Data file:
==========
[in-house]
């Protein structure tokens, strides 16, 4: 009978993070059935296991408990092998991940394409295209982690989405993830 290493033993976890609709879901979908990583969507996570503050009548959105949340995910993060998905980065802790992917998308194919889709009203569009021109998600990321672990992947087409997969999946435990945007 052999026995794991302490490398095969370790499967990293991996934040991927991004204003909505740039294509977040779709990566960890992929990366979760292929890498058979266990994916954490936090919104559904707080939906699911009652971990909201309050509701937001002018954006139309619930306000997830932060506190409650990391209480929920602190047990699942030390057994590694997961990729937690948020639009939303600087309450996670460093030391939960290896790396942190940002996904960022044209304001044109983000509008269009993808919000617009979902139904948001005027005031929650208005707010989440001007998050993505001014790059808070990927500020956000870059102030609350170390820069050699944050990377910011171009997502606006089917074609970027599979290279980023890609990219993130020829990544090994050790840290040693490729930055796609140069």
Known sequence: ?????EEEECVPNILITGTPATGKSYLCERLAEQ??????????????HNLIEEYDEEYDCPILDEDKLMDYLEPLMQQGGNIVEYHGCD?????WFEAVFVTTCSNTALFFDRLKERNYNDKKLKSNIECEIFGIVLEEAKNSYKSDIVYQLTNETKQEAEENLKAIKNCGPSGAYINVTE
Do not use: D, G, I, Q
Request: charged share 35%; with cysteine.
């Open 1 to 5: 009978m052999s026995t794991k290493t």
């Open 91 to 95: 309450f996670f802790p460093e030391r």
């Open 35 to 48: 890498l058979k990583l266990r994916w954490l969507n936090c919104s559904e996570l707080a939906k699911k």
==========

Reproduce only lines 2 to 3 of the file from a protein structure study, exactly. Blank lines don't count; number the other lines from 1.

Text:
């Protein structure tokens, strides 16, 4: 009978993070059935296991408990092998991940394409295209982690989405993830 290493033993976890609709879901979908990583969507996570503050009548959105949340995910993060998905980065802790992917998308194919889709009203569009021109998600990321672990992947087409997969999946435990945007 052999026995794991302490490398095969370790499967990293991996934040991927991004204003909505740039294509977040779709990566960890992929990366979760292929890498058979266990994916954490936090919104559904707080939906699911009652971990909201309050509701937001002018954006139309619930306000997830932060506190409650990391209480929920602190047990699942030390057994590694997961990729937690948020639009939303600087309450996670460093030391939960290896790396942190940002996904960022044209304001044109983000509008269009993808919000617009979902139904948001005027005031929650208005707010989440001007998050993505001014790059808070990927500020956000870059102030609350170390820069050699944050990377910011171009997502606006089917074609970027599979290279980023890609990219993130020829990544090994050790840290040693490729930055796609140069």
Known sequence: ?????EEEECVPNILITGTPATGKSYLCERLAEQ??????????????HNLIEEYDEEYDCPILDEDKLMDYLEPLMQQGGNIVEYHGCD?????WFEAVFVTTCSNTALFFDRLKERNYNDKKLKSNIECEIFGIVLEEAKNSYKSDIVYQLTNETKQEAEENLKAIKNCGPSGAYINVTE